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HBR IdeaCast

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The HBR IdeaCast, from the publishers of Harvard Business Review, Harvard Business Press, and hbr.org, is a weekly audio podcast, bringing you the analysis and advice of the leading minds in management.

The HBR IdeaCast, from the publishers of Harvard Business Review, Harvard Business Press, and hbr.org, is a weekly audio podcast, bringing you the analysis and advice of the leading minds in management.
More Information

Location:

Boston, MA

Description:

The HBR IdeaCast, from the publishers of Harvard Business Review, Harvard Business Press, and hbr.org, is a weekly audio podcast, bringing you the analysis and advice of the leading minds in management.

Twitter:

@HarvardBiz

Language:

English

Contact:

Harvard Business Publishing 60 Harvard Way Boston, MA 02163 USA 6177837400


Episodes

660: Why It’s So Hard to Sell New Products

12/11/2018
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Thomas Steenburgh, a marketing professor at the University of Virginia Darden School of Business, was inspired by his early career at Xerox to discover why firms with stellar sales and R&D departments still struggle to sell new innovations. The answer, he finds, is that too many companies expect shiny new products to sell themselves. Steenburgh explains how crafting new sales processes, incentives, and training can overcome the obstacles inherent in selling new products. He's the coauthor,...

Duration:00:26:20

659: The Right Way to Solve Complex Business Problems

12/4/2018
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Corey Phelps, a strategy professor at McGill University, says great problem solvers are hard to find. Even seasoned professionals at the highest levels of organizations regularly fail to identify the real problem and instead jump to exploring solutions. Phelps identifies the common traps and outlines a research-proven method to solve problems effectively. He's the coauthor of the book, "Cracked it! How to solve big problems and sell solutions like top strategy consultants."

Duration:00:22:33

658: Speak Out Successfully

11/27/2018
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James Detert, a professor at the University of Virginia Darden School of Business, studies acts of courage in the workplace. His most surprising finding? Most people describe everyday actions — not big whistleblower scandals — when they cite courageous (or gutless) acts they’ve seen coworkers and leaders take. Detert shares the proven behaviors of employees who succeed at speaking out and suffer fewer negative consequences for it. He’s the author of the HBR article “Cultivating Everyday...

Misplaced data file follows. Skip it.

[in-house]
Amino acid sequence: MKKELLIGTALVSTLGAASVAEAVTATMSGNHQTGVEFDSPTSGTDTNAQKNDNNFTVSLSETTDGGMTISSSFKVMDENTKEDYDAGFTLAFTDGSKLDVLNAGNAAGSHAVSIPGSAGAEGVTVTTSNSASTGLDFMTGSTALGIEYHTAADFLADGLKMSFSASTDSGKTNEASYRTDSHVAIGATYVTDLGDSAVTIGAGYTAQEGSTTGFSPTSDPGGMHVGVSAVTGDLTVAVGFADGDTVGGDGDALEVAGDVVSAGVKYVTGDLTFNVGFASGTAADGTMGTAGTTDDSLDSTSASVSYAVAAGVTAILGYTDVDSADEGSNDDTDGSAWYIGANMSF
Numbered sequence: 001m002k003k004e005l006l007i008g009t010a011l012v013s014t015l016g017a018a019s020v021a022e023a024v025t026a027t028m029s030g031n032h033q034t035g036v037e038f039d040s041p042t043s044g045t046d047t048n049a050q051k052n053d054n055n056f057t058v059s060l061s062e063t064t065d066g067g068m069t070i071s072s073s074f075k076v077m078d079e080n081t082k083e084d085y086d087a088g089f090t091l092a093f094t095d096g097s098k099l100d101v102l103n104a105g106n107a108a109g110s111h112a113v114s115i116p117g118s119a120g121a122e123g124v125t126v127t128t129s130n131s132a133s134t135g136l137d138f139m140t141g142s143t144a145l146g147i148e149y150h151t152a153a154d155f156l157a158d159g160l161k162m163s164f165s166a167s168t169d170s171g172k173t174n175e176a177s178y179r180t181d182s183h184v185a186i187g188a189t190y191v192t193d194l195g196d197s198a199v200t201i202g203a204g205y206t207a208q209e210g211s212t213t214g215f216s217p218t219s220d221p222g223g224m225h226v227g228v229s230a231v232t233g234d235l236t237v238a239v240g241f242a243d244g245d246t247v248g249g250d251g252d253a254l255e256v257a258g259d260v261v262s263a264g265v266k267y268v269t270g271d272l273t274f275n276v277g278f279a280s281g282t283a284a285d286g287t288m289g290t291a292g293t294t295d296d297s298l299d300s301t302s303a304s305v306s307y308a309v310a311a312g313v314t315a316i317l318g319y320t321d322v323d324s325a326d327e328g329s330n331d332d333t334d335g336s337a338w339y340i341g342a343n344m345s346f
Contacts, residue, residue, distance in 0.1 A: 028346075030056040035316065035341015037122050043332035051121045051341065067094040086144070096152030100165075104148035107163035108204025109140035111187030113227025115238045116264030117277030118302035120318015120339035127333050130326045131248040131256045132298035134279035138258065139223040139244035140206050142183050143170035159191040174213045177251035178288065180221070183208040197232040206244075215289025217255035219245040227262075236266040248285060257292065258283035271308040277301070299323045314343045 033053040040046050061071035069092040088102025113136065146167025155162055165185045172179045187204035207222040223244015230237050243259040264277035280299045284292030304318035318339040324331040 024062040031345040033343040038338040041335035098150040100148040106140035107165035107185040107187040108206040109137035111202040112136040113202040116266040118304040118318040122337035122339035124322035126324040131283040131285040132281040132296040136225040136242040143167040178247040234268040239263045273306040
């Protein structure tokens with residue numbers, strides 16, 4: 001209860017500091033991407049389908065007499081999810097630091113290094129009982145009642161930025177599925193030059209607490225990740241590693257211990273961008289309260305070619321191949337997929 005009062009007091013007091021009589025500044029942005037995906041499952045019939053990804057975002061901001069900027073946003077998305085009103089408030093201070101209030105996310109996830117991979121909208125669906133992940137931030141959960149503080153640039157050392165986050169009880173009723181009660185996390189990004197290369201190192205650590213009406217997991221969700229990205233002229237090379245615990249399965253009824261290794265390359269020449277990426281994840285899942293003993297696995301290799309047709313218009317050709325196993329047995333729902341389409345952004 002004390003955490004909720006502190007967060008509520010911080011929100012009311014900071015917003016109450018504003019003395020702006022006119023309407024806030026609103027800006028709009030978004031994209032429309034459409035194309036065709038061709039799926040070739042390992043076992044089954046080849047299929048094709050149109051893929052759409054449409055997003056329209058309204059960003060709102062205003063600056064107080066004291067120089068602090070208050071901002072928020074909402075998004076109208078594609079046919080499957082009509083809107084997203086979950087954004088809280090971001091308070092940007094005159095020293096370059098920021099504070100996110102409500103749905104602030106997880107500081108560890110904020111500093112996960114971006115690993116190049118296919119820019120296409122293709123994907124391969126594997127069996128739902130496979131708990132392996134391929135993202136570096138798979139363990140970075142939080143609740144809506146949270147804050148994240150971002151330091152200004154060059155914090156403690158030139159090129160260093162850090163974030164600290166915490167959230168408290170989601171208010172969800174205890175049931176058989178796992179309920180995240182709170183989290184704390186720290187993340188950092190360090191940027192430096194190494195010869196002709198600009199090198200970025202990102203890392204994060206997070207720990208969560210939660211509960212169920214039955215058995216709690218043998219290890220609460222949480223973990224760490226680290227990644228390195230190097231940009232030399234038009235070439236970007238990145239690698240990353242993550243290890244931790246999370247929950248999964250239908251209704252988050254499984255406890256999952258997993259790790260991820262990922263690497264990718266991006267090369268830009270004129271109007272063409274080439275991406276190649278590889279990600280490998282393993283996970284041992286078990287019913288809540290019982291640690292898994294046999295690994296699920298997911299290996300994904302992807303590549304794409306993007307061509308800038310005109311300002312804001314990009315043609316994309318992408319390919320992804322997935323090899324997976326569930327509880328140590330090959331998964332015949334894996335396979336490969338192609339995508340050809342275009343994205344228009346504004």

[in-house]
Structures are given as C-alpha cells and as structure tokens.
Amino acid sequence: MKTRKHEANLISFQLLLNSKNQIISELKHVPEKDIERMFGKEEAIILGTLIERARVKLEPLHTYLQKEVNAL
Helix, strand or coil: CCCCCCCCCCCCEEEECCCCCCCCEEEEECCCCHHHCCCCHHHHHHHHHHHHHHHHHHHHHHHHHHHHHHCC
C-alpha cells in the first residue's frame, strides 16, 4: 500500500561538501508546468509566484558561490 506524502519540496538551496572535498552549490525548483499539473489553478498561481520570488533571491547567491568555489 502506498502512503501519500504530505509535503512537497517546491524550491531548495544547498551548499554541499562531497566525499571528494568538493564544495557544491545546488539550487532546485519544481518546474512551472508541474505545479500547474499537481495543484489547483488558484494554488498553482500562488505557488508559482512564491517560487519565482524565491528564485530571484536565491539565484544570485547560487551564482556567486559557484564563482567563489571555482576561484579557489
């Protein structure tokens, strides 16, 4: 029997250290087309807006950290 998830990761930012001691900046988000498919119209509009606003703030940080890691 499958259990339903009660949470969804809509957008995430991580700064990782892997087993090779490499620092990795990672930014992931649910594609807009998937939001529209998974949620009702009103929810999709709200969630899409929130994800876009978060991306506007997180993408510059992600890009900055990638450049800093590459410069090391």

Duration:00:21:30

657: How Your Identity Changes When You Change Jobs

11/20/2018
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Herminia Ibarra, a professor at the London Business School, argues that job transitions — even exciting ones that you've chosen — can come with all kinds of unexpected emotions. Going from a job that is known and helped define your identity to a new position brings all kinds of challenges. Ibarra says that it's important to recognize how these changes are affecting you but to keep moving forward and even take the opportunity to reinvent yourself in your new role.

Duration:00:25:33

656: Why Management History Needs to Reckon with Slavery

11/13/2018
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Caitlin Rosenthal, assistant professor of history at UC Berkeley, argues there are strong parallels between the accounting practices used by slaveholders and modern business practices. While we know slavery's economic impact on the United States, Rosenthal says we need to look closer at the details — down to accounting ledgers – to truly understand what abolitionists and slaves were up against, and how those practices still influence business and management today. She's the author of the...

Duration:00:27:04

655: Avoiding Miscommunication In A Digital World

11/6/2018
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Nick Morgan, a communications expert and speaking coach, says that while email, texting, and Slack might seem like they make communication easier, they actually make things less efficient. When we are bombarded with too many messages a day, he argues, humans are likely to fill in the gaps with negative information or assume the worst about the intent of a coworker's email. He offers up a few tips and tricks for how we can bring the benefits of face-to-face communication back into the digital...